Poverty can have a profound influence on the social, physical, and developmental needs of children and families. The central concern of this report was to identify the mechanisms through which family poverty and economic hardship affect parental behaviors and other social environments that contribute to whether or not children become well-adjusted members of the broader community in terms of their personal attributes and relationships with others. Two major approaches to understanding the role of economic hardship on children and families—the Family Stress Model and the Investment Model— were emphasized. Results indicate that poor or lower SES children are at risk, not only for higher than average rates of physical illness and reduced life expectancies, but also for truncated life opportunities and behavioral or emotional problems. Reviewed empirical findings were frequently consistent with theoretical predictions from the family stress and parental investment perspectives. Moreover, these theoretical frameworks also predict the intergenerational transmission of family economic circumstances.
Maltreatment, Public Assistance, and School Performance (2006)
The purpose of the current report was to discuss the interaction between two of the most important early influences on long-term self-sufficiency: the childhood family environment and the school experience. The authors focused on children coming from the most troubled family backgrounds, and explored the impact such experiences have on children’s subsequent success or failure in school. The authors explore the connections between educational attainment and economic self-sufficiency; the cognitive, emotional, and behavioral influences on educational attainment; and the connections between maltreatment, public assistance, and various emotional and behavioral factors. The authors also stress, however, that with high levels of school engagement, peer and teach support, and academic motivation, many of the earliest difficulties of maltreated children do not have to result in lifelong struggles with adjustment, independence, and self-sufficiency.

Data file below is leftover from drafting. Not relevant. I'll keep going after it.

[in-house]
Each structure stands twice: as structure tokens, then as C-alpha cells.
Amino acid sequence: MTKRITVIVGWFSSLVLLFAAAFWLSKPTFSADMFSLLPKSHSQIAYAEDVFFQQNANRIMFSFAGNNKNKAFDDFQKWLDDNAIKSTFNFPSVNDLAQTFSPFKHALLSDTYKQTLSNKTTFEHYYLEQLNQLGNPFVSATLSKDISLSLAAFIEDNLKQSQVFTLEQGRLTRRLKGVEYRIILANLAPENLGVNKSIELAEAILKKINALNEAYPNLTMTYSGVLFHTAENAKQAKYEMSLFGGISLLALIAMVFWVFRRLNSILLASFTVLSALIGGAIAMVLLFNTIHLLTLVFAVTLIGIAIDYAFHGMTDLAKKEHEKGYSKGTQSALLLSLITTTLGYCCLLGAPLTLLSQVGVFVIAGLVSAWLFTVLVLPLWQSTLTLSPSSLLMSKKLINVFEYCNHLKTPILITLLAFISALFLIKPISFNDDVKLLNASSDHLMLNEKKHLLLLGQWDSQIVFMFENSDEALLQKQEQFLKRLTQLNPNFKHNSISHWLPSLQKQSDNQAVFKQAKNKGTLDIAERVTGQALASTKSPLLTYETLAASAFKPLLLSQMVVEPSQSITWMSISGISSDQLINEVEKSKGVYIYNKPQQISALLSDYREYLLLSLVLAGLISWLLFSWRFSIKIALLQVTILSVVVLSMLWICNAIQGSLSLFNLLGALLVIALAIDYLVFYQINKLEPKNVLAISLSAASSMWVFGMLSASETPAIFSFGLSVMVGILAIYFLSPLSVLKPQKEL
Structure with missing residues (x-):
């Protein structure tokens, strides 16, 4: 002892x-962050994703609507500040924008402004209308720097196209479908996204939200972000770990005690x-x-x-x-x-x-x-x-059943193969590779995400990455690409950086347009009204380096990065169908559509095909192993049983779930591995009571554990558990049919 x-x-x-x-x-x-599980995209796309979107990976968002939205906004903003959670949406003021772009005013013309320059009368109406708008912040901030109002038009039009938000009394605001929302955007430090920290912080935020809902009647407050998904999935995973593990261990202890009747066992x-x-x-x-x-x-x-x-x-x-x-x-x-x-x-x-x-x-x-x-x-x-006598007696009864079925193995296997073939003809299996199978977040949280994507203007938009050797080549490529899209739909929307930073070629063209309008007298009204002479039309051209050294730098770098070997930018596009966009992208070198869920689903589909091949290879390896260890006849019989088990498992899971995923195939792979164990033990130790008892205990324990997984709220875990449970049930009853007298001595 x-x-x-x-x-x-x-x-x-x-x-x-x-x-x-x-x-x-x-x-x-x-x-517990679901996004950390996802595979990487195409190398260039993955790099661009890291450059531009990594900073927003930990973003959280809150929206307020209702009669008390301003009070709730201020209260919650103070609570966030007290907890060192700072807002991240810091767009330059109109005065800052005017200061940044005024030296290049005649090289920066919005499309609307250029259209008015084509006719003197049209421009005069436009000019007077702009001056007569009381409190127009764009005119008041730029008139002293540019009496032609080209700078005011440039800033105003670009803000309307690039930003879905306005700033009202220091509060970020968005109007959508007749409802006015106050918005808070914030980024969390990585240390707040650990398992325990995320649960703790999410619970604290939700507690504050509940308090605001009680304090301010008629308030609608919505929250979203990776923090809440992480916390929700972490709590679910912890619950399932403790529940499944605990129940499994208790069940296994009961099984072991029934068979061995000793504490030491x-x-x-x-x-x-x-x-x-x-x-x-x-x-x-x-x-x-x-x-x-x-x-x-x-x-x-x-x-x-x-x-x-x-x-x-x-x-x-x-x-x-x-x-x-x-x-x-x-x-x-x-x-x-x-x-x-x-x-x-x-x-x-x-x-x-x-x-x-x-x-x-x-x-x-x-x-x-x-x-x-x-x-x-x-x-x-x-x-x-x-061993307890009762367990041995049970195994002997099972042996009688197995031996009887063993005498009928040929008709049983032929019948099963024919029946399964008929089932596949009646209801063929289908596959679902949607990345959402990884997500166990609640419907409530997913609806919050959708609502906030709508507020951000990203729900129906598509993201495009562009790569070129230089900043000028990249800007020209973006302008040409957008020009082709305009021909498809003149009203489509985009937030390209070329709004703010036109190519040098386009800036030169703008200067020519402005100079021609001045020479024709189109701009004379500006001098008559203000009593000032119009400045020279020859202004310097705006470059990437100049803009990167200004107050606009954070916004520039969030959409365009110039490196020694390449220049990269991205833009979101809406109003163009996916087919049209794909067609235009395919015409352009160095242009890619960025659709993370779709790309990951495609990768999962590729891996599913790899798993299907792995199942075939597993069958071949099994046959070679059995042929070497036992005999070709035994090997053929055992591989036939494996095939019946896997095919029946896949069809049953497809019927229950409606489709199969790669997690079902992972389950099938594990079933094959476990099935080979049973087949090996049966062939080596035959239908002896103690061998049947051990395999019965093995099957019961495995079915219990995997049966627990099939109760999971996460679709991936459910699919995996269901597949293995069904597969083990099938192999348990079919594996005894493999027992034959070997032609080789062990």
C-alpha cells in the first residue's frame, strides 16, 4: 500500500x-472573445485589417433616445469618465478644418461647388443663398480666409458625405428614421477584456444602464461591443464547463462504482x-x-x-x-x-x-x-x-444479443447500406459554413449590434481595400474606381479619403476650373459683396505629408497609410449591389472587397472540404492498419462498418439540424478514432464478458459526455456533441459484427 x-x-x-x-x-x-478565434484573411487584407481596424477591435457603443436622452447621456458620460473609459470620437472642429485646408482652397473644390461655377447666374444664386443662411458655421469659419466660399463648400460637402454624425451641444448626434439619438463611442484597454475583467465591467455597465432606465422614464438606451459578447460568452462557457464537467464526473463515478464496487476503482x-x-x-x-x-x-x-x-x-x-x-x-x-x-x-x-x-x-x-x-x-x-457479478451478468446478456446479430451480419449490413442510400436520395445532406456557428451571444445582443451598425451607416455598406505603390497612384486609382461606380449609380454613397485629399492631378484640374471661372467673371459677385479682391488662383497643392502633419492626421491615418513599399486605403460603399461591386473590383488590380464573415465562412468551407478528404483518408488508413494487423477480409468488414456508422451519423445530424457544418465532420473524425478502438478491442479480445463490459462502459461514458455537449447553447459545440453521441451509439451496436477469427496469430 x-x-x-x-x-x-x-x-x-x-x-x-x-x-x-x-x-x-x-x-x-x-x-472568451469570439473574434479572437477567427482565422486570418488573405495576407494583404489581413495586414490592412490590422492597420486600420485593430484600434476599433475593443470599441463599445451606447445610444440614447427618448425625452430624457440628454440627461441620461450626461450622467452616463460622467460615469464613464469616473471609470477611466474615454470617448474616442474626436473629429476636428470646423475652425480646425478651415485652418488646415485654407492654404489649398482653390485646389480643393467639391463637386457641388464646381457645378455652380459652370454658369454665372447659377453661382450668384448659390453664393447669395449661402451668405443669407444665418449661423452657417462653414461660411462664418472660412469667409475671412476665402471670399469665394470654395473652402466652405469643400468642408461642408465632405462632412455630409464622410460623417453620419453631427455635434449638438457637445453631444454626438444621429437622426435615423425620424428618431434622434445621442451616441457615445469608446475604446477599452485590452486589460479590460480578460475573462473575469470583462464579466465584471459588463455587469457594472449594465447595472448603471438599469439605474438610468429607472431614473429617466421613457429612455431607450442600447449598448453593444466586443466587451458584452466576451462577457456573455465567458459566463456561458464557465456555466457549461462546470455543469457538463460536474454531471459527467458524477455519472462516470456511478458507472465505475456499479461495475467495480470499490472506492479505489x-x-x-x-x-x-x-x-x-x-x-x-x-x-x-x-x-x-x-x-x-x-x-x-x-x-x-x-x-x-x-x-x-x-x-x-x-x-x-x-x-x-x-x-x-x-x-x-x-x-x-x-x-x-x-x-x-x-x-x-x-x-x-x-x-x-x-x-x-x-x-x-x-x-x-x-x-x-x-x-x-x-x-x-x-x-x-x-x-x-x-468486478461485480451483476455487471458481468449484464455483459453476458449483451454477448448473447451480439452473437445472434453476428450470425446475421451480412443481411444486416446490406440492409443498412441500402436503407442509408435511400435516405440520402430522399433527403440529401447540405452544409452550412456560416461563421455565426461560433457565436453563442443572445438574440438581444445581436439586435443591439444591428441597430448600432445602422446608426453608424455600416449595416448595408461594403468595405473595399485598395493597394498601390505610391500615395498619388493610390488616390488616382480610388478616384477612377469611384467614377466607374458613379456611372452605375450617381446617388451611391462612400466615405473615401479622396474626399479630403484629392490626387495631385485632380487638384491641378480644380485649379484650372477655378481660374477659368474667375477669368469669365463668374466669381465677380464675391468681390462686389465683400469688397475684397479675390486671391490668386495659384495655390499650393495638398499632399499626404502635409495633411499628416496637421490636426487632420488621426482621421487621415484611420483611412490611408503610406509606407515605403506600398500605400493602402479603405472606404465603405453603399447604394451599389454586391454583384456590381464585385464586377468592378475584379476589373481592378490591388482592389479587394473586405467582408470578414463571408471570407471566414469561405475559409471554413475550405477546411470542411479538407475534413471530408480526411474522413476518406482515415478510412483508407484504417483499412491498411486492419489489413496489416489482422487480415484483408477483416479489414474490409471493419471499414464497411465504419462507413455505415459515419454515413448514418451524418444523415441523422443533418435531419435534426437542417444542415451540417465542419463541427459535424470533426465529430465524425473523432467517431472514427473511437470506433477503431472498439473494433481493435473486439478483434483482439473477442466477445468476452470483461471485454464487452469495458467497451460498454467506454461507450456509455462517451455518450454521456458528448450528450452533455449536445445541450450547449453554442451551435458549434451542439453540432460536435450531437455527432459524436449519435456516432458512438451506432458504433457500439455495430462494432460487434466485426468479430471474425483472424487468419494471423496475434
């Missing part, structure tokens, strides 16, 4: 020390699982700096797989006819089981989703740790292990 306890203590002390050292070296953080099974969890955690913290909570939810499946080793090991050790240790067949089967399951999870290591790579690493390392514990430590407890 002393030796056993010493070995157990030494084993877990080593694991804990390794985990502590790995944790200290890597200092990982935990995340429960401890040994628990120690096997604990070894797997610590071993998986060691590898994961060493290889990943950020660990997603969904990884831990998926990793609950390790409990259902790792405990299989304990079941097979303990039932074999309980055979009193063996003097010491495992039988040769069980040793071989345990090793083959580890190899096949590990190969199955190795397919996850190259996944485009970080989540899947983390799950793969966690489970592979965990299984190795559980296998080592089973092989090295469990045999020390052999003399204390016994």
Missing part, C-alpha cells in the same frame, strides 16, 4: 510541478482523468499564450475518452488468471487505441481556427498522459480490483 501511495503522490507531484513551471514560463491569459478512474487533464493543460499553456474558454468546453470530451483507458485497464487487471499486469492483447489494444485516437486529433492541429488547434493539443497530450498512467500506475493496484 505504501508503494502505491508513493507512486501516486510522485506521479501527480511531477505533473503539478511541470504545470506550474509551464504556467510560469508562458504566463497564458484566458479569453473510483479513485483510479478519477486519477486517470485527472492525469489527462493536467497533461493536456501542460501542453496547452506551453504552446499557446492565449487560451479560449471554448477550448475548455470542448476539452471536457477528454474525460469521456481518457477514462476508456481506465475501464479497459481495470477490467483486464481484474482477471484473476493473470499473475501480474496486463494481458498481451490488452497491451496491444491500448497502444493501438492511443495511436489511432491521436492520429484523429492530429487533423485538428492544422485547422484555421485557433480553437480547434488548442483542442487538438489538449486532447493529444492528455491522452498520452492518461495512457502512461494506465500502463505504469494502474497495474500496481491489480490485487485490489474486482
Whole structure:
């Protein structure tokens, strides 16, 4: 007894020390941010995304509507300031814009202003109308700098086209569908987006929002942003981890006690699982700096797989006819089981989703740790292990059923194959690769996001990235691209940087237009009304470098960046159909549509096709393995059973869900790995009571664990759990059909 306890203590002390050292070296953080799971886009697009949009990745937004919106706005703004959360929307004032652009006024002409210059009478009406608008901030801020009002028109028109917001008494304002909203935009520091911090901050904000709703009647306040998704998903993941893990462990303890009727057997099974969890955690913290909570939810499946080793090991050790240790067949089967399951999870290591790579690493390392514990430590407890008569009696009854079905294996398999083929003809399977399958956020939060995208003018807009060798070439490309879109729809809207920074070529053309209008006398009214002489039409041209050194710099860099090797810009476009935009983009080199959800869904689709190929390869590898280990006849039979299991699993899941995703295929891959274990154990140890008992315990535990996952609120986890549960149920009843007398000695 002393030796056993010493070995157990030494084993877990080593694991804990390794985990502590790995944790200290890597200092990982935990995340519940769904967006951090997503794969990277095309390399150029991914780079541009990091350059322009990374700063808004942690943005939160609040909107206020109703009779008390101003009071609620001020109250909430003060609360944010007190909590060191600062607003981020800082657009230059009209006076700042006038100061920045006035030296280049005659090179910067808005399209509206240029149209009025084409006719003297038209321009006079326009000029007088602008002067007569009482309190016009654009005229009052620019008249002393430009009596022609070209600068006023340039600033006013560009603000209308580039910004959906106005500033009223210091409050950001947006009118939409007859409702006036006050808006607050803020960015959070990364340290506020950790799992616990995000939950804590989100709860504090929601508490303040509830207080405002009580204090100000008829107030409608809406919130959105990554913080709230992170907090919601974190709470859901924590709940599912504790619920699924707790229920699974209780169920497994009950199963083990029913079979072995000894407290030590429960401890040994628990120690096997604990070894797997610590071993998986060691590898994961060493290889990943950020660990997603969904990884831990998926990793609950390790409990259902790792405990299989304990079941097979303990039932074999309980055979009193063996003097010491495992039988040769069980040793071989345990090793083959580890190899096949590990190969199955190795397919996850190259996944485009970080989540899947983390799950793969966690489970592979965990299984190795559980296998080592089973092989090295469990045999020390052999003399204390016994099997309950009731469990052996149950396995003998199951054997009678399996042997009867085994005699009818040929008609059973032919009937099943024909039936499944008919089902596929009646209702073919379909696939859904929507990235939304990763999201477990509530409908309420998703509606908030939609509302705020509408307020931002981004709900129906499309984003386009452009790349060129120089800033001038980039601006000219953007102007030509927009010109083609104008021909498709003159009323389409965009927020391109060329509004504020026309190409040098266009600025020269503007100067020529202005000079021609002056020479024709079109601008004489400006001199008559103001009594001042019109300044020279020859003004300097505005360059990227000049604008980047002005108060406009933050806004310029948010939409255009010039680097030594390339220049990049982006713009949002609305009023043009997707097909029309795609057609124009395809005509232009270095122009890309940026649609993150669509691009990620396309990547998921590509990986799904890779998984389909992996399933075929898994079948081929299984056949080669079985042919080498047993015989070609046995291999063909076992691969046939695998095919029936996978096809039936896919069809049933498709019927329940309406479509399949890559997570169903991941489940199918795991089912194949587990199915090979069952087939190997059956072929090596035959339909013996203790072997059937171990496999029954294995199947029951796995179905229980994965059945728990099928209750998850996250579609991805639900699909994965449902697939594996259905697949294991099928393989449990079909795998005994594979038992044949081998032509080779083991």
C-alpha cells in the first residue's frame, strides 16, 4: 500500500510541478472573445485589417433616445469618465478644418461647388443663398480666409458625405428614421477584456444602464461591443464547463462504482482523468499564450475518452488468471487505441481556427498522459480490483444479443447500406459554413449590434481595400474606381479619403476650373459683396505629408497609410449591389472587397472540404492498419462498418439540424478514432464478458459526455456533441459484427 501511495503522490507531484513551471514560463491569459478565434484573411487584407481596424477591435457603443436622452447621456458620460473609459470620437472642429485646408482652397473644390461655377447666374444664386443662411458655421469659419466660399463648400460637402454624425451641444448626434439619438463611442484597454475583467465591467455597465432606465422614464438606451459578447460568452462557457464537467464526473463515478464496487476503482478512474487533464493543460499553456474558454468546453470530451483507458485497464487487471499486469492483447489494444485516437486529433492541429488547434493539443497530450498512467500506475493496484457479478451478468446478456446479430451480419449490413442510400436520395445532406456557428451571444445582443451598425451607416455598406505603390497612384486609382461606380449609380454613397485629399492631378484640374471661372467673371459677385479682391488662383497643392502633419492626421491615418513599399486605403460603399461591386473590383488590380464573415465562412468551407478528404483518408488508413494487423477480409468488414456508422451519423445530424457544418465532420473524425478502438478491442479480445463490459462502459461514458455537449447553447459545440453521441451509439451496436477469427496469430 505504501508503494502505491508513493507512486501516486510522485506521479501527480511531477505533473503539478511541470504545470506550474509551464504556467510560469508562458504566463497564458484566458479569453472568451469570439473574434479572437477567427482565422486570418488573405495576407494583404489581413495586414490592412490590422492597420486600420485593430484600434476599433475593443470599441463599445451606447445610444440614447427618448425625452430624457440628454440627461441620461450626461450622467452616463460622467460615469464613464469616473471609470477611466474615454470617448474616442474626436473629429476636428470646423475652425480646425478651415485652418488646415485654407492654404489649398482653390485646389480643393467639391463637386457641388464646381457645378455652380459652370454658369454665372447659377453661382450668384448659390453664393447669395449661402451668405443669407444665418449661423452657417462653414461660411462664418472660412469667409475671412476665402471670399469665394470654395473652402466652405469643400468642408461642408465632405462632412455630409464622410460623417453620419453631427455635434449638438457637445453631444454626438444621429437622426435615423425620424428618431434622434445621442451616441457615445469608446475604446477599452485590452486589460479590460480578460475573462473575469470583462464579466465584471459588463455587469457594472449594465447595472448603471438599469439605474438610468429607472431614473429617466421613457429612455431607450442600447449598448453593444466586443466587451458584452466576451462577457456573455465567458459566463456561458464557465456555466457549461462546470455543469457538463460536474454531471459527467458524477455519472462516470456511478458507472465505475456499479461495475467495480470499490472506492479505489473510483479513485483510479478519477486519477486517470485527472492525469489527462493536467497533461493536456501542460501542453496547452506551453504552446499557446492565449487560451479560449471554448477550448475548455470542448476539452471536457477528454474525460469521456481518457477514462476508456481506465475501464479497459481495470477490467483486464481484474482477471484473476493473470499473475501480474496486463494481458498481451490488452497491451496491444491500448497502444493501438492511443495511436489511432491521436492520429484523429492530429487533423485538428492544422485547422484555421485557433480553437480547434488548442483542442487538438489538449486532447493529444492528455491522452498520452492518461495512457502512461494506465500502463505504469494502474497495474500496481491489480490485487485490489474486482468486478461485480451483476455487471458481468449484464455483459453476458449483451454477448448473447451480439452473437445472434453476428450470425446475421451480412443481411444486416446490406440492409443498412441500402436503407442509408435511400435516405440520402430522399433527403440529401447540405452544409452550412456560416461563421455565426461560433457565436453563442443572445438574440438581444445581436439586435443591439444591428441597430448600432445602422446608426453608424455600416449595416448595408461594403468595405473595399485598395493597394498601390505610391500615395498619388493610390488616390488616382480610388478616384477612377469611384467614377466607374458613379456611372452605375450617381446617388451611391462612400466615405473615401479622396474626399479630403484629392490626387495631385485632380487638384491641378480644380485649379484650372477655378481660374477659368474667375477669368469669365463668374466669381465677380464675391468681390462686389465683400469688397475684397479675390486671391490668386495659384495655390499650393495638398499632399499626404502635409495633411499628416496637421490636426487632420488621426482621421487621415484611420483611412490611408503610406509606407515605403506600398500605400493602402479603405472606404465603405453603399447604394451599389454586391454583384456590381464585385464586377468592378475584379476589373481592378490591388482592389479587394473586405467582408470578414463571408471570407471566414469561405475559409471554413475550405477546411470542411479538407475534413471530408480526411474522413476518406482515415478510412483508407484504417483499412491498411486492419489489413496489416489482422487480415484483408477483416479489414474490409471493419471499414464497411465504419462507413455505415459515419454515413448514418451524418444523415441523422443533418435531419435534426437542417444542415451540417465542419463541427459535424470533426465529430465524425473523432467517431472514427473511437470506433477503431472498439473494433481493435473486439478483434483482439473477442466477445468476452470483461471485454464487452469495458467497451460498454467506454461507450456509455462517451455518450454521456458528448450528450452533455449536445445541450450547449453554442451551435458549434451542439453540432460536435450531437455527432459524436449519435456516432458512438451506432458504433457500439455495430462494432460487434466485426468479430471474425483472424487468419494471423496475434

Predictors of Number of Out-of-home Placements for Maltreated Children (2006)
The purpose of this pilot study was to examine predictors of multiple out-of-home placements for maltreated children, a variable that has been associated with negative outcomes for foster children. Using confidential juvenile court records, the relations between case characteristics and number of out-of-home-placements were examined for 85 children. Results indicated that children who endured more severe or longer durations of abuse, those who suffered abuse from their own parent rather than a non-parent, and children who had a guardian ad litem were more likely to have a greater number of out-of-home placements.